Kelli Landing, History Major, Class of 2009
“When looking for a summer internship, I decided I wanted to do something close to my own hometown of Jamestown, North Carolina. Given my interest in public history and especially in exploring ways of getting communities more involved in their own history, Körner’s Folly, a historic house museum located in Kernersville, North Carolina, seemed like a perfect fit. Soon after submitting a letter of interest and résumé I was contacted by the Executive Director, Bruce Frankel. Impressed by my background in history and knowledge of the surrounding area, he offered me an internship for the summer.
Körner’s Folly is a small historic site administered by a board, executive director, and two part-time docents. Because of its small size and staff, the interns at the Folly are given a good deal of responsibility. Among other things, I helped plan a car show, a one-man performance based on Abraham Lincoln’s writings, a wine tasting, and an interactive murder mystery night. I also assisted with several “evidence reveals” for paranormal investigations at the house, which, legend has it, is haunted. Most importantly, as a docent it was my job to make the history of the house come alive for visitors. I particularly enjoyed leading tours for senior citizens, who shared with me their own pasts as I told them about the history of the home. I learned as much as they did!
Whether at a small historic site like Körner’s Folly or a larger historical museum, archive, or library, I highly recommend an internship experience. In my case, it proved a valuable supplement to my academic study of history at Carolina and gave me an opportunity to try out a career in a history-related field. Moreover, the contacts I made while an intern will prove invaluable for my future development as a professional historian. But most of all, my experience at Körner’s Folly helped me to realize that my passion is making history come alive for the public.”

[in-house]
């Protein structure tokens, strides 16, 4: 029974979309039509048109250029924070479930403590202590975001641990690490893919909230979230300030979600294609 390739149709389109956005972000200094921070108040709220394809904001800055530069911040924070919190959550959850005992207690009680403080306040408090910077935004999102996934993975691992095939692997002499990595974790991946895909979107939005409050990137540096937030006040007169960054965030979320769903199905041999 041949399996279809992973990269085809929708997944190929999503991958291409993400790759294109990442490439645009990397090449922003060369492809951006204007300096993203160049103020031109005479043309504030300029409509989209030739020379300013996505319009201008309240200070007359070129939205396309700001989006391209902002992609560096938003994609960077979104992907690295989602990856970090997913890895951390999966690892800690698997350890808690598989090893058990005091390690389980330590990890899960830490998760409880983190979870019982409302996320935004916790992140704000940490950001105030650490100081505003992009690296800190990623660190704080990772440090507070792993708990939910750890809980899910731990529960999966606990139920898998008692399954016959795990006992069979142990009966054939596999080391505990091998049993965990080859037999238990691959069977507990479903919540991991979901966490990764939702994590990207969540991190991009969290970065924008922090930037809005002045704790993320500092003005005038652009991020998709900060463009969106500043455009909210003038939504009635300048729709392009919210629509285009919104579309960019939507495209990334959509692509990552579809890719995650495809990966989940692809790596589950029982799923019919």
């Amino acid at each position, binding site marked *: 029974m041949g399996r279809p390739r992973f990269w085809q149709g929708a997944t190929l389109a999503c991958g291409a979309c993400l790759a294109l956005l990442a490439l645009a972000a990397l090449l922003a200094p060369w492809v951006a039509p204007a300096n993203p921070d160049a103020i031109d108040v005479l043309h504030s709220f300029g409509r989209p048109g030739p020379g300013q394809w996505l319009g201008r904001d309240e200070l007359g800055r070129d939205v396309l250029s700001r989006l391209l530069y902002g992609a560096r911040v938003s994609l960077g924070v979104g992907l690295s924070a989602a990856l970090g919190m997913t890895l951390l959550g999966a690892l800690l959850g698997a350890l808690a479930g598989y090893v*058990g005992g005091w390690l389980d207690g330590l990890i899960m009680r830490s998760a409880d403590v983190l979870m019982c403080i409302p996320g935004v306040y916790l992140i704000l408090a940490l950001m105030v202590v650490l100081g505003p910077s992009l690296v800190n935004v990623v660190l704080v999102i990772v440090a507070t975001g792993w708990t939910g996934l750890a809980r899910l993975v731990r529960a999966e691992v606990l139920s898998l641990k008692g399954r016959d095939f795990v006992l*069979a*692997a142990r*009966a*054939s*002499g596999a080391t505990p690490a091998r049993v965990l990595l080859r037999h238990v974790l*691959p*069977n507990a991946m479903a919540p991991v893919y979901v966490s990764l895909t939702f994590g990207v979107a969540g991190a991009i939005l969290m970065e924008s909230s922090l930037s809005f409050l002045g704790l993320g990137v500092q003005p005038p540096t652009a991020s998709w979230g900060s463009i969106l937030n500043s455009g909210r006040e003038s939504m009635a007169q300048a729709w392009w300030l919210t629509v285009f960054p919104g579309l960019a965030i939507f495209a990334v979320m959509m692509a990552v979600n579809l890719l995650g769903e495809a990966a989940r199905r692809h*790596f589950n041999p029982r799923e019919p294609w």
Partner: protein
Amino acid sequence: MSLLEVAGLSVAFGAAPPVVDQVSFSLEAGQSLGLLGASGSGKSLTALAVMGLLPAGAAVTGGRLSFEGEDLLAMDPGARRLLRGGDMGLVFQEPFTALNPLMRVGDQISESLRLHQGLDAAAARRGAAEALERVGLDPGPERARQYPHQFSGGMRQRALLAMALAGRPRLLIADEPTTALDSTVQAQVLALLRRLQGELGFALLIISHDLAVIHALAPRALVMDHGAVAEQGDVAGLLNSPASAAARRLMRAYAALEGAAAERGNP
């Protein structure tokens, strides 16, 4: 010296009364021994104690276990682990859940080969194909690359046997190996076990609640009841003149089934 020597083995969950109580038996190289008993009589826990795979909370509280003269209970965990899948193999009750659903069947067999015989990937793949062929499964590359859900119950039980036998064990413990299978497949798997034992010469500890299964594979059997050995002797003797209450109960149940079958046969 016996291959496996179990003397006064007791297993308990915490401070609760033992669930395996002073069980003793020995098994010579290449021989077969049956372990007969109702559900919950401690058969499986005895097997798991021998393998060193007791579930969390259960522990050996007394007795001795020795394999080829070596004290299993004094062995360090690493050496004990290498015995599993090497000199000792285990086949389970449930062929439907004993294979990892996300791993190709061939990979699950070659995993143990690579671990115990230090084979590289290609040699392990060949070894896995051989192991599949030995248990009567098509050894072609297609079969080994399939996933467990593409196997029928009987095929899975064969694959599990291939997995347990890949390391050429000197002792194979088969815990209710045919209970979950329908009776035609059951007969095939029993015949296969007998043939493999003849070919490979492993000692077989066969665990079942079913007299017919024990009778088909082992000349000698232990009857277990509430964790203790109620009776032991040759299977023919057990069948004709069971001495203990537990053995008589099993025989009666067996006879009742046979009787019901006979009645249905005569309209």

Will Schulz, History Major, Class of 2010
“I didn’t plan on spending my summer with a disgraced ex-president. But I did, and I enjoyed every day of the experience. This summer I interned at the Richard Nixon Presidential Library and Museum in Yorba Linda, California. Not once did I ever have to sharpen pencils, fetch coffee, or lick envelopes. Instead, I helped put together the Museum’s multimedia, interactive Watergate exhibit, which features oral interviews with John Dean, G. Gordon Liddy, and dozens of other figures from the Nixon Era. When I was not working on Watergate, I wrote panels for an exhibit commemorating the Apollo moon landing and assembled “finding aids” that would help future researchers pick their way through the thousands and thousands of pages of Nixon’s presidential papers.
The real pleasure, though, came from my co-workers. It was a chance to work with people who love history as much as I do. Library Director Tim Naftali is a brilliant historian and a great boss, and the archivists, curators, and technicians at the Library are all wonderful. My fellow interns came from all over the country: USC to Yale, Stanford to Tulsa. One of the highlights of the Nixon experience was the weekly seminar, during which we would get together to discuss the highlights and lowlights of the Nixon administration. It wasn’t all about Tricky Dick, though. We took day trips to the San Bernardino Mountains, Los Angeles, and San Francisco. I never thought I’d say this, but: Thank you, President Nixon, for the wonderful summer!”